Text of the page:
Sometimes thick mucus or stool enters the space between the appendix and the cecum and hardens until it blocks the opening. Lymphatic tissue in the appendix may also swell and block the opening. When the space is blocked, bacteria in the appendix multiplies, causing infection. The body then responds with inflammation to fight it (x).
Although there is no way to prevent appendicitis, a high fiber diet can help decrease the risk. People who eat foods high in fiber, such as fresh fruits and vegetables, suffer from appendicitis less often than those who don’t (x).
Appendicitis Treatment & Supplements
The only treatment for appendicitis is a surgery called an appendectomy to remove the inflamed appendix. The doctor may perform an open method or laparoscopic surgery. The open method uses a small incision on the right side of the abdomen to remove the appendix and the laparoscopic surgery makes more than one incision and uses a laparoscope to look at the appendix before it is removed.
Recovery time depends on the type of procedure and any other complications. The patient usually stays in the hospital for one or two days if the appendix did not rupture. They receive antibiotics and physicians observe the patient for signs of complications. But it may take four to six weeks for a full recovery.
During recovery, in addition to prescribed pain medication, doctors may recommend the following remedies as the patient goes through the healing process (x):
- Avoiding strenuous activities. Like all surgeries, you don’t want to risk opening the incision or damaging the wound.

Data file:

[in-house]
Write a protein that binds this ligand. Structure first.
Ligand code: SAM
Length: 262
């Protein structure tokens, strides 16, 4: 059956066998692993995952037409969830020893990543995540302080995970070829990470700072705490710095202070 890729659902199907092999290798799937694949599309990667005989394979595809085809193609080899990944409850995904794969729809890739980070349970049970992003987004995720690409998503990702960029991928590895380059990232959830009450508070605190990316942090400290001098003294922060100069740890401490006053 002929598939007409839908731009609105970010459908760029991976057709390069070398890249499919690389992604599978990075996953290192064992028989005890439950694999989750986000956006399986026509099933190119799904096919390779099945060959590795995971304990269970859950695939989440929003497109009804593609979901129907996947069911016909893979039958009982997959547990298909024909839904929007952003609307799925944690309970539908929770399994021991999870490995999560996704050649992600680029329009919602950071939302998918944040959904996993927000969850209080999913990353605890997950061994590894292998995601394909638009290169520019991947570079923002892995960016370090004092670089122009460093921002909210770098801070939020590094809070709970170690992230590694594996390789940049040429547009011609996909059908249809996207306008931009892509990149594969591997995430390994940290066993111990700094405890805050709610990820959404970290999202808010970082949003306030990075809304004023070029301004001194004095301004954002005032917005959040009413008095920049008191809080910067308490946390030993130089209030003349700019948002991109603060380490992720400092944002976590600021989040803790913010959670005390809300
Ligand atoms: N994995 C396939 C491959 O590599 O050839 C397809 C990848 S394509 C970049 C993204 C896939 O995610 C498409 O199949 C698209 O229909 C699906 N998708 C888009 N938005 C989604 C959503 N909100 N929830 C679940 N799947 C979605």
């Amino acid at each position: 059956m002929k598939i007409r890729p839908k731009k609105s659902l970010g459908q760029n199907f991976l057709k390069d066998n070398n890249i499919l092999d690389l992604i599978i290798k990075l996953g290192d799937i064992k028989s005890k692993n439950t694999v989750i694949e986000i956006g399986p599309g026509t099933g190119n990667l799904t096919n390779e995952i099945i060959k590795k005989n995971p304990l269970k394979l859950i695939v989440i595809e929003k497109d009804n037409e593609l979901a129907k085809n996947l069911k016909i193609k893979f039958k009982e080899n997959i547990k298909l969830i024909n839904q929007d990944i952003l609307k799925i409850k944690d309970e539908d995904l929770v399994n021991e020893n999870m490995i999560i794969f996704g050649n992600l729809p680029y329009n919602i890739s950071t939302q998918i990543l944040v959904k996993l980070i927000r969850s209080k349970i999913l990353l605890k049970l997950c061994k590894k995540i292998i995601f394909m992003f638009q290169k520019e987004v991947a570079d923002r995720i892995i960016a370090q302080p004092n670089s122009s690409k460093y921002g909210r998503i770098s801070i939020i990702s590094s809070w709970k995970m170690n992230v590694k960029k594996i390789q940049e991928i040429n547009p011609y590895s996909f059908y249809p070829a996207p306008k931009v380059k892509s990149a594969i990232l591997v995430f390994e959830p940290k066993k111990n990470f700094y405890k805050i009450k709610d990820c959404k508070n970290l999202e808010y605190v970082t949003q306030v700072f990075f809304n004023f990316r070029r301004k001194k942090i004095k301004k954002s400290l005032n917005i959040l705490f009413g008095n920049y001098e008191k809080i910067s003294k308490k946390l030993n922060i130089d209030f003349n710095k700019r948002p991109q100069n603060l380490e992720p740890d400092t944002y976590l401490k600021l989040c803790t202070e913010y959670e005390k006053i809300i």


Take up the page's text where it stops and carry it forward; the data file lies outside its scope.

- Support the abdomen when laughing or coughing. The pressure helps reduce pain.
- Get up and move around as quickly, but also as slowly as possible. As soon as you feel strong enough, move around slightly, but don’t perform anything too strenuous.
- Sleep is the key to any recovery and appendicitis is no exception. Sleep when you’re tired and whenever you can.
In a study, researchers hypothesized that a lack of fiber is an important factor in acute appendicitis and may increase the chances of developing appendicitis. There were 31 patients with acute appendicitis and 30 in the control group without appendicitis. The appendicitis patients consumed an average of 17.4 g of fiber, while the control group consumed 21.0 g. For this reason, doctors often recommend fiber supplements to individuals who have been affected by appendicitis (x). A high fiber diet does not eliminate the risk, but it lowers it.
Fiber supplements, such as psyllium husk and methylcellulose, typically treat constipation and healthy digestive functioning, but can also decrease the risk of appendicitis. It absorbs water in the gut so that bowel movements can pass easier. As a dietary supplement, take psyllium husk in 5 mg doses one to three times per day.
The Bottom Line
The appendix is a small, finger-sized organ in the abdominal cavity. It doesn’t have any vital functions, but sometimes stool or mucus backs up and clogs the space in the abdominal cavity, causing bacteria to multiply and cause infection.
Appendicitis typically affects people between the ages of 10 and 30. Signs include abdominal pain on the right side, nausea or vomiting, loss of appetite and fever. Appendicitis is an emergency condition and the patient must undergo an appendectomy to remove the organ. If the patient does not receive treatment in time, the appendix can rupture and cause further infection. There is no way to prevent appendicitis, but a high fiber diet or taking fiber supplements can reduce the risk.